Cisco has joined forces with a Chinese computer company, Inspur Group, in an attempt to bolster their presence in China as foreign tech companies feel the sting of an increasingly competitive local market.

The company announced a $10 billion USD pledge aimed at deepening their presence in the country this summer, though they’ve struggled to keep their position in the market since Snowden’s 2013 NSA revelations implicated their equipment in spying and surveillance operations. According to research firm Dell’Oro Group, cited in the Wall Street Journal, Cisco’s revenue has dropped approximately 30%  since 2012.

The partnership with Inspur could potentially help them take back some of their previous market without trust issues looming over their head. China has made open moves to remove foreign technology from some of its most important industries, including banking.

Cisco isn’t the only company looking to endear itself to a volatile, and sometimes hostile, market. Dell recently announced a $125 billion USD investment in Chinese R&D operations, to be spent over the coming 5 years. Last week Intel revealed a $67 million USD investment in a series of 8 technology companies, focussing on hardware and cloud-based systems.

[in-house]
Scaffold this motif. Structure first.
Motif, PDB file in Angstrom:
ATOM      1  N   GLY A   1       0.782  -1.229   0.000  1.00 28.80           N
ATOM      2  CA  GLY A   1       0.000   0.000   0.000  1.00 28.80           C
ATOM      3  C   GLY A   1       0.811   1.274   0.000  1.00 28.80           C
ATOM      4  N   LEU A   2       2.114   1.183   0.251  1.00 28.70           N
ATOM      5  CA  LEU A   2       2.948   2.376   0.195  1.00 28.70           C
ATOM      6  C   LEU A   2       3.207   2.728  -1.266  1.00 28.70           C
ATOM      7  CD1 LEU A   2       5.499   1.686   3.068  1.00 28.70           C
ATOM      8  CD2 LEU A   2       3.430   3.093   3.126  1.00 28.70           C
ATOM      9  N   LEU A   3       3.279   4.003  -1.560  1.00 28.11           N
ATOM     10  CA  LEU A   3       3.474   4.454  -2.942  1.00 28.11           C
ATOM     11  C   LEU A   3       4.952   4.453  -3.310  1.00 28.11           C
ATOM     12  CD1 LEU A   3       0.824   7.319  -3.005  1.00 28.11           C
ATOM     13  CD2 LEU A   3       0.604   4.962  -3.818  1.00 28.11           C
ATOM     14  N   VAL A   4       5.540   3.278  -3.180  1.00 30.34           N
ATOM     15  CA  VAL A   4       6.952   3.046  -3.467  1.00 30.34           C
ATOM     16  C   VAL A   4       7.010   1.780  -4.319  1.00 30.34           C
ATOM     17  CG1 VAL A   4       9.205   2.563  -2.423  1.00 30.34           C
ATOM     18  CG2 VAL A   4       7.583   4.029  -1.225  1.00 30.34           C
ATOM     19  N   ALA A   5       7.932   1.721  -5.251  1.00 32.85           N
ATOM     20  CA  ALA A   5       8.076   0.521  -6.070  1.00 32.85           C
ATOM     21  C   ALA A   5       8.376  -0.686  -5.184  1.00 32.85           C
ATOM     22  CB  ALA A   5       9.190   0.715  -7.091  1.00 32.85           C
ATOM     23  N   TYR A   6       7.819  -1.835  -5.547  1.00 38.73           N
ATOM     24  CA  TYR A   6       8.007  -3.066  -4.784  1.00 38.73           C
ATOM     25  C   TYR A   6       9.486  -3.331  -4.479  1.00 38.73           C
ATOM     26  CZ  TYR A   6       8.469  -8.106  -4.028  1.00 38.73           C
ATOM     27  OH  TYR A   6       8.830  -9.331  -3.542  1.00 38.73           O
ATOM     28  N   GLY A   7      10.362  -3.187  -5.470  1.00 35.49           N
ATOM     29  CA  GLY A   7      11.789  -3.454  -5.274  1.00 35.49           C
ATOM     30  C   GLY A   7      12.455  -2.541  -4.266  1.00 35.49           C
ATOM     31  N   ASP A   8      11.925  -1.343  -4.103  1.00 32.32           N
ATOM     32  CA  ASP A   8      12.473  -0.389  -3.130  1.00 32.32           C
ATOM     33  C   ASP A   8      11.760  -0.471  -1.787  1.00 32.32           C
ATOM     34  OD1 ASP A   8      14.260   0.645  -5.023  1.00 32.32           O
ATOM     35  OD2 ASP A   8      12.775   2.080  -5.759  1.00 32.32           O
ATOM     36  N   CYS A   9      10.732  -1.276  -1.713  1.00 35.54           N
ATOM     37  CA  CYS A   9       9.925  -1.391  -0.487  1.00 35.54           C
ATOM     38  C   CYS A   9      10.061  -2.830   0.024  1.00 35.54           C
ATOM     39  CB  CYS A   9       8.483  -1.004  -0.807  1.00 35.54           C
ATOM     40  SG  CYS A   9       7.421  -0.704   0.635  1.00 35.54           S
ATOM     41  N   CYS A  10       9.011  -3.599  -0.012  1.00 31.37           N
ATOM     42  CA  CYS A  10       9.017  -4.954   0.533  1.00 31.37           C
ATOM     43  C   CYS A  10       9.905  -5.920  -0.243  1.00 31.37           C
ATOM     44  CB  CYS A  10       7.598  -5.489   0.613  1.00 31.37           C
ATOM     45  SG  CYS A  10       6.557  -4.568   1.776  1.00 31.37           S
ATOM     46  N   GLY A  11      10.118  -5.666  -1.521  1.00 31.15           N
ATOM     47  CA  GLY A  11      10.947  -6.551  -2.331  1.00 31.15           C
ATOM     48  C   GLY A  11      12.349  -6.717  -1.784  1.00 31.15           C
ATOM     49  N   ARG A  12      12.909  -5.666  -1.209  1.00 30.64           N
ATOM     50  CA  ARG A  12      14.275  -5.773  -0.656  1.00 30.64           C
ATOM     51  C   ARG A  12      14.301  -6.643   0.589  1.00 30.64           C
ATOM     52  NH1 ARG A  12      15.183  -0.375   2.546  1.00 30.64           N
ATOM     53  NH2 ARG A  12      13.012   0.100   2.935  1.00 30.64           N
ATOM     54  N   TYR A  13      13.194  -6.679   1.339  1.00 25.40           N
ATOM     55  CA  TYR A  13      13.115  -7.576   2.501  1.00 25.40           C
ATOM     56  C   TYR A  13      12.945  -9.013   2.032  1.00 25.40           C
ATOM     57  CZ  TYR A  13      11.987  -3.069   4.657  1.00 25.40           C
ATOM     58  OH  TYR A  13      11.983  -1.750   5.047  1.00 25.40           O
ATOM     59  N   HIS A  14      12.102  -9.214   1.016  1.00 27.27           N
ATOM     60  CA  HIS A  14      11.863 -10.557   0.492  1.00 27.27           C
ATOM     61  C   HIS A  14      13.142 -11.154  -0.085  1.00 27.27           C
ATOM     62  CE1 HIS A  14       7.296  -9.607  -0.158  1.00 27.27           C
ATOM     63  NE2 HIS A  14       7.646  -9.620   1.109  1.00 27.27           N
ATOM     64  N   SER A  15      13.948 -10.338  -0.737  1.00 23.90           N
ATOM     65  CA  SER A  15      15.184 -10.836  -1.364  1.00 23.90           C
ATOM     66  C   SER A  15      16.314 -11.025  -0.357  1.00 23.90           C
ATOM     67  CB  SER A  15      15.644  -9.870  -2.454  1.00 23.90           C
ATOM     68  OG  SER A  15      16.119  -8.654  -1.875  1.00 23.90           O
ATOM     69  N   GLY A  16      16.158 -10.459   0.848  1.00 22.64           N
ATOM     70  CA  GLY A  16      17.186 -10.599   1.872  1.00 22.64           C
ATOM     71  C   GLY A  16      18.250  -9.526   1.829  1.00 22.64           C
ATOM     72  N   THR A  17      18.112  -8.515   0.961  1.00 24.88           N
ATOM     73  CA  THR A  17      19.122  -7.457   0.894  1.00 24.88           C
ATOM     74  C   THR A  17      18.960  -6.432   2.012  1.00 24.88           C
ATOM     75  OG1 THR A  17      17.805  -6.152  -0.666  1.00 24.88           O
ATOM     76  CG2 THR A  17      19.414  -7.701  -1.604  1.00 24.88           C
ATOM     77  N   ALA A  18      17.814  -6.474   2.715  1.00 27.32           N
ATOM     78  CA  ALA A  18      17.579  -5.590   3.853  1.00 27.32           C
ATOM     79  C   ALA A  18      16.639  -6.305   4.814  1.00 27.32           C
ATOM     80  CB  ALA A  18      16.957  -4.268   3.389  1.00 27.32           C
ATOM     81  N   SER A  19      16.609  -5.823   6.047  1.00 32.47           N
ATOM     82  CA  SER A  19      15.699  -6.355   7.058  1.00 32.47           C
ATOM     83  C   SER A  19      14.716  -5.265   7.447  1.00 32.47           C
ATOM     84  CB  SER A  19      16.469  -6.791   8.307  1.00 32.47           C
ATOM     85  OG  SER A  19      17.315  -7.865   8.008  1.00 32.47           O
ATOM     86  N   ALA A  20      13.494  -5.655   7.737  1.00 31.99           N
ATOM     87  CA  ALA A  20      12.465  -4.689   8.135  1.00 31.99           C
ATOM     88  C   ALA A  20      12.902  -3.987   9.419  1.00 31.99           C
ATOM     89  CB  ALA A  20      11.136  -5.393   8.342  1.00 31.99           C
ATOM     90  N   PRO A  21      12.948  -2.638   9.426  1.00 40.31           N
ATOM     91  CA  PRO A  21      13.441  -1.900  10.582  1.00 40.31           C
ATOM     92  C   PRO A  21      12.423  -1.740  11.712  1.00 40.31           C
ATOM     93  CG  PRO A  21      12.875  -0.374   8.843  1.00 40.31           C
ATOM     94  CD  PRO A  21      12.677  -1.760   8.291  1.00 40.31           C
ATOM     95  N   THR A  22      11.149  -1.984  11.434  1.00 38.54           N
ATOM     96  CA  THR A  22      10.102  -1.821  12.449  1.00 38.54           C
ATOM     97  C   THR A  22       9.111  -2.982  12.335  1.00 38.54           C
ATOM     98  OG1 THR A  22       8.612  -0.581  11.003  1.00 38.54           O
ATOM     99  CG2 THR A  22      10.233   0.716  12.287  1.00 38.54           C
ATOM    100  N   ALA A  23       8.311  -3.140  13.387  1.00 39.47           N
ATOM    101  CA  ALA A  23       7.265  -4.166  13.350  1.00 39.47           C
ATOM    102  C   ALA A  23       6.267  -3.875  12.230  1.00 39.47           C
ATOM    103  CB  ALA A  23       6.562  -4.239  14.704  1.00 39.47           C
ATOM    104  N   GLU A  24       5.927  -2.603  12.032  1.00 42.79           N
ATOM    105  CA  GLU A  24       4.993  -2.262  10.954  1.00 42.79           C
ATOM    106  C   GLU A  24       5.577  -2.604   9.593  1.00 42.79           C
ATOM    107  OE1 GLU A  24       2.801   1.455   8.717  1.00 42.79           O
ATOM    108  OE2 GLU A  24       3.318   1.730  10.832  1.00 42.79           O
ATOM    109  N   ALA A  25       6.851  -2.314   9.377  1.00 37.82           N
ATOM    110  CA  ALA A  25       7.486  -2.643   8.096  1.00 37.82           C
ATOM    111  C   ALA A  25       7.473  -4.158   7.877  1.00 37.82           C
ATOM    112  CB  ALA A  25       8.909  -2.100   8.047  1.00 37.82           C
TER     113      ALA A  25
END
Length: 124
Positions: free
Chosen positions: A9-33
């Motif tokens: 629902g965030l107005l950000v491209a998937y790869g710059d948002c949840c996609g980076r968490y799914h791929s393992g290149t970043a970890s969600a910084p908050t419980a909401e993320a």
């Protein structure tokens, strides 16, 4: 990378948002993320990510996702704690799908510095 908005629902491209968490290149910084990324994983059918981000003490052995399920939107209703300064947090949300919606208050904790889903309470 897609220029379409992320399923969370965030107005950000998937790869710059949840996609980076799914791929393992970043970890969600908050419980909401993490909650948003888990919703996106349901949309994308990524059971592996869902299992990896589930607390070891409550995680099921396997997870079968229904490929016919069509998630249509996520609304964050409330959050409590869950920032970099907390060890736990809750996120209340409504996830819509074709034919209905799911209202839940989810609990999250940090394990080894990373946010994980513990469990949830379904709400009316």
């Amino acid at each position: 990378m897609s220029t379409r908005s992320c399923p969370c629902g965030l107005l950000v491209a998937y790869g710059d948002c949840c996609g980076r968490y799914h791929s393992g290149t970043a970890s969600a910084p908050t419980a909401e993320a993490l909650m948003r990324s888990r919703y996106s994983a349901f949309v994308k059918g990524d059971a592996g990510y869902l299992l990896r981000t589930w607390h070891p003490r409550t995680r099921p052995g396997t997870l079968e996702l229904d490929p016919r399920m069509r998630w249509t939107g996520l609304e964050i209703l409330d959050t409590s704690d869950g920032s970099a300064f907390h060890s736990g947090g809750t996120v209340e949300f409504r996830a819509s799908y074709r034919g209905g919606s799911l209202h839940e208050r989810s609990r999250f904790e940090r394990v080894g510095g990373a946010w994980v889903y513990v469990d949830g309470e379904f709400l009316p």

At the same time, Xi Jinping attended a meeting in Seattle this week with a number of high profile tech leaders including Apple CEO Tim Cook and Microsoft CEO Sataya Nadella. It shows a clear drive from both the government and U.S. tech companies to strengthen relationships, despite the troubled relationship between China and foreign tech.

While the solo entry of any foreign tech firm is a complex process, partnering with a Chinese partner has helped a handful of foreign companies make inroads. This week U.S. speed and cyber security services company Cloudflare announced they had partnered with Baidu, aiming to expand to over 50 server stations in the coming year, something they would have been unable to do without support from the Chinese search giant.

Cisco could be hoping to harness some of the same magic with their latest local partnership, though it could take time to build back trust in the Chinese market following the Snowden allegations.

Things have been looking a little less grim for the U.S. company on the mainland recently, equipment orders had declined %20 in their third quarter, a number that dropped to just %3 in the quarter ending in July, apparently their best quarterly performance in the two years since 2013.

Image Credit: Ken Wolter /

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Cate Cadell

Cate is a tech writer. She worked as a journalist in Australia, Mongolia and Myanmar. You can reach her (in Chinese or English) at: @catecadell or

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